Fans Mourn Whitney Houston at Apollo Theatre in Harlem


Day report for Uptown Radio, originally aired February 17, 2012.

Whitney Houston shrine in front of the Apollo Theater. Credit: Annie Russell

HOST INTRO: Since Whitney Houston’s death last Saturday, fans around the world have mourned the star many call the “Queen of Pop.” In New York City, fans have been gathering in front the Apollo Theater in Harlem, where they’re building an impromptu memorial.

By Annie Russell

RUSSELL: There’s a growing shrine of roses, photos, balloons and candles on the sidewalk in front of the Apollo Theater. Fan Therese Todman says she felt it was important to come.

ACT (TODMAN 1): “I have to show my respect by writing something on the wall for her. That the world could see.”

RUSSELL: The Apollo is an appropriate place for this memorial. Countless contestants for the theater’s iconic “amateur night” sang Houston’s songs, hoping to mimic her soaring voice. And the star filmed one of her first music videos here for her single “The Greatest Love of All.”

SOUND: Fade up and under narr, “Greatest Love of All” by Whitney Houston.

RUSSELL: Also here is retired teacher Mary Ann Sussoni, who says she used to play this song for her students. She’s surprised at how hard she’s taking this.

ACT (SUSSONI 1): “I haven’t been- except for my family members when they’ve gone that I’ve been so sad. And I’m feeling so sad for a person that’s not a family member, but yet feels like a family member.”

RUSSELL: Sussoni says it’s been an emotional week. She found herself writing poetry about Houston on the subway ride to the memorial. Some visitors, she said, were more cynical.

ACT (SUSSONI 2): “Someone just stood here and said ‘Oh what a waste.’ And I said ‘it wasn’t a waste, it’s a deep loss’”

RUSSELL: Local musicians have come to pay their respects too. Lord Harrison is a rapper who comes to 125th street to promote his group. He says he’s signed the wall several times since Saturday.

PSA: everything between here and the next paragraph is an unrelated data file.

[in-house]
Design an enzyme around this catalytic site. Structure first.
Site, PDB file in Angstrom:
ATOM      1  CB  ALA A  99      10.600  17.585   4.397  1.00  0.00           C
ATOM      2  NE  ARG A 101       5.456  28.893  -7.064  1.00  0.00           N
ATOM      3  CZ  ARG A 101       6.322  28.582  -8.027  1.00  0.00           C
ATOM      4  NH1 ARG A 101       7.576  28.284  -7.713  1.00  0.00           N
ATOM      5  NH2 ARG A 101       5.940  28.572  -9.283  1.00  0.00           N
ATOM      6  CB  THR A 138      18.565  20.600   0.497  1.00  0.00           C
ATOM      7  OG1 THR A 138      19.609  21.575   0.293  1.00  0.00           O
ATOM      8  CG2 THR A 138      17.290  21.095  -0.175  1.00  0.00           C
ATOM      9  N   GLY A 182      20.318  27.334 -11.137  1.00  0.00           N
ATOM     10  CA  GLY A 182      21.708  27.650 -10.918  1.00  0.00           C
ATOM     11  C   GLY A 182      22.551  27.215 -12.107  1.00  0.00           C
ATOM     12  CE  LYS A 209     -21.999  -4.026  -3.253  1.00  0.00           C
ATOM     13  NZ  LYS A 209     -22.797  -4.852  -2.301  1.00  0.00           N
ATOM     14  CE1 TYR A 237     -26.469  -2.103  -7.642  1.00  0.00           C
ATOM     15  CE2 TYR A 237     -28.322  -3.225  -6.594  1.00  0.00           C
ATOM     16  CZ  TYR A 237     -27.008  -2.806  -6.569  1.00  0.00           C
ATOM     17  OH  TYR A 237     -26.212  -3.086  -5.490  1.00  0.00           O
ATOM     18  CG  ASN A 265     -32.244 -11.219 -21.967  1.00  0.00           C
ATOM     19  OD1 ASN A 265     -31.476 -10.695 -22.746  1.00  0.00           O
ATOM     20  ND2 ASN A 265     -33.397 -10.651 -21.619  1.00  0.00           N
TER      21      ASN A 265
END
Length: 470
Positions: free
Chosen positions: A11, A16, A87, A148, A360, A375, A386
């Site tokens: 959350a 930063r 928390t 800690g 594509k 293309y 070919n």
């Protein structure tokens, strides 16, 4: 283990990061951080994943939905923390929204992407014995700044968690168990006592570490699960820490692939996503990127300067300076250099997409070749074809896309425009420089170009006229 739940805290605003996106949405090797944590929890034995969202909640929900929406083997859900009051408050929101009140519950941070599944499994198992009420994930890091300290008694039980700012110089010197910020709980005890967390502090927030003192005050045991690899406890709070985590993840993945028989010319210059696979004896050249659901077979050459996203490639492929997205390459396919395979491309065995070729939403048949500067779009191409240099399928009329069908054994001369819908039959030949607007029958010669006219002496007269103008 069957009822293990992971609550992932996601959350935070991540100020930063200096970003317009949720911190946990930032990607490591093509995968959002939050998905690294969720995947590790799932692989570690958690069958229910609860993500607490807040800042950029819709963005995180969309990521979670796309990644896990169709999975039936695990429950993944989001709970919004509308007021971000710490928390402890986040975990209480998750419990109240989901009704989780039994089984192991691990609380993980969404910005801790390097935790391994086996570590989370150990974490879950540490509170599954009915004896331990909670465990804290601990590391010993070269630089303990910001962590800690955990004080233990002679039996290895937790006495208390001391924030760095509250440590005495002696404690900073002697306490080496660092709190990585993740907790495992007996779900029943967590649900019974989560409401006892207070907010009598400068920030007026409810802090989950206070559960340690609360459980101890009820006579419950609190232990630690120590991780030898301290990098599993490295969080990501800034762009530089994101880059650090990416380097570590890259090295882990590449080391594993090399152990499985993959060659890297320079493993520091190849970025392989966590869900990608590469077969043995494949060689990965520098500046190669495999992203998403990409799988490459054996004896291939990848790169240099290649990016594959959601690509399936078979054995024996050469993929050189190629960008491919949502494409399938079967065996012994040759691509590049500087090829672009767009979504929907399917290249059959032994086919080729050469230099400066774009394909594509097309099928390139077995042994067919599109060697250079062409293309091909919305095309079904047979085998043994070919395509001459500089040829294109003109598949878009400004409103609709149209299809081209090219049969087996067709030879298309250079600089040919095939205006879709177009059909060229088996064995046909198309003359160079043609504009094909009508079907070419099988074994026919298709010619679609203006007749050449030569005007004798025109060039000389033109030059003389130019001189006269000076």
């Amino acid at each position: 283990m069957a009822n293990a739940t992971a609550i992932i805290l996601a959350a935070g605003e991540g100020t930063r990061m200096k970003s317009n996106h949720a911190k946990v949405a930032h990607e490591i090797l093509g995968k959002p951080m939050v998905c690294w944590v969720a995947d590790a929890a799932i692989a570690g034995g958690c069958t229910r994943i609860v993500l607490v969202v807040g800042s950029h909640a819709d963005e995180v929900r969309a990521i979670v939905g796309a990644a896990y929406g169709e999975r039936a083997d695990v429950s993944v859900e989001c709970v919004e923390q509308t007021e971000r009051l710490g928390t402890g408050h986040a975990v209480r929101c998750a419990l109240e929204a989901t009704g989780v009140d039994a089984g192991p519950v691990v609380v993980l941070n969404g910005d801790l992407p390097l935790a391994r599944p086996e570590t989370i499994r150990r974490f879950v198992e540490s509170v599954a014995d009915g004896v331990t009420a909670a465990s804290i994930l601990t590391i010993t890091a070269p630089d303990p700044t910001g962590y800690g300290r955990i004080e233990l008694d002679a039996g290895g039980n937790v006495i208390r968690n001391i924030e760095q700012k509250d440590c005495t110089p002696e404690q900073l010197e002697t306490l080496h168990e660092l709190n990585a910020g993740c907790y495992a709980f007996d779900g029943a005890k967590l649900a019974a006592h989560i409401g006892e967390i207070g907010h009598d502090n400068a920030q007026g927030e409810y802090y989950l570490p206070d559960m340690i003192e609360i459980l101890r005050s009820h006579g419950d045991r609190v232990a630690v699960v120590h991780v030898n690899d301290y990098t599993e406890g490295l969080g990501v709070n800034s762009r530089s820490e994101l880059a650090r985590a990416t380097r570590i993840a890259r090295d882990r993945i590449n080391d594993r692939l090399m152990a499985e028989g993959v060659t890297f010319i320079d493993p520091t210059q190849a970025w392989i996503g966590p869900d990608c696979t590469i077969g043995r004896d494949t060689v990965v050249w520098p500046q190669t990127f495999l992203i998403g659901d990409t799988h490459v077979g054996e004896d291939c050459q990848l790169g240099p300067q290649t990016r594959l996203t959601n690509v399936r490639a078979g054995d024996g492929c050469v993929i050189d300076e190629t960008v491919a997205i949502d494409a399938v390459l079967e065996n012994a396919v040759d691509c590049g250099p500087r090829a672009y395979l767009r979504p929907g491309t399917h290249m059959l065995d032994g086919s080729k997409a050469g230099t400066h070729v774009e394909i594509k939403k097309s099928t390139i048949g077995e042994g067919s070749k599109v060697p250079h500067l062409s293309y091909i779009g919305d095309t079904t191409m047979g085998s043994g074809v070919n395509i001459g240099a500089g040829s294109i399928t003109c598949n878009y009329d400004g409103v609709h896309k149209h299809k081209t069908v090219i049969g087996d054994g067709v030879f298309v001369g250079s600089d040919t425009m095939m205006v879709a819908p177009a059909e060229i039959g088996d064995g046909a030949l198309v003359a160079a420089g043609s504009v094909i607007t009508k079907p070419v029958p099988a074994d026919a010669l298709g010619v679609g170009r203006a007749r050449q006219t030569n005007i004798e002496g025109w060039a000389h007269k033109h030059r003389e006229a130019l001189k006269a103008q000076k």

ACT (HARISSON 1)“I just wrote ‘without you there wouldn’t be no me.’ She gives me the goose bumps. She’s the best.”

RUSSELL: Like so many fans at the Apollo, Harrison has a personal relationship with Houston’s music.

ACT (HARRISON 2) “She taught me how to French kiss, Whitney Houston. I learned how to French kiss off of her songs.”

RUSSELL: Across the street from the Apollo, there’s a store called Kiss Electronics. Clerk Jasmine Mahla says the demand for Houston’s music has been overwhelming:

ACT (MALA 1): “Everything is gone, all her CDs, DVDs, everything is on backorder.”

RUSSELL: Mahla says fans started coming in so soon that there was no time to create a display of Houston’s records and films.

ACT (MALA 2): After her death that was Saturday, the next day everything was gone.”

RUSSELL: Mahla says customers had no preference for a specific album or song, but many have the same favorite.


RUSSELL: That was her hit from the movie “The Bodyguard,” I will always love you. Houston’s funeral at New Hope Baptist Church is invitation only, but the Associated Press will live stream the service on their website tomorrow.

Annie Russell, Columbia Radio News.


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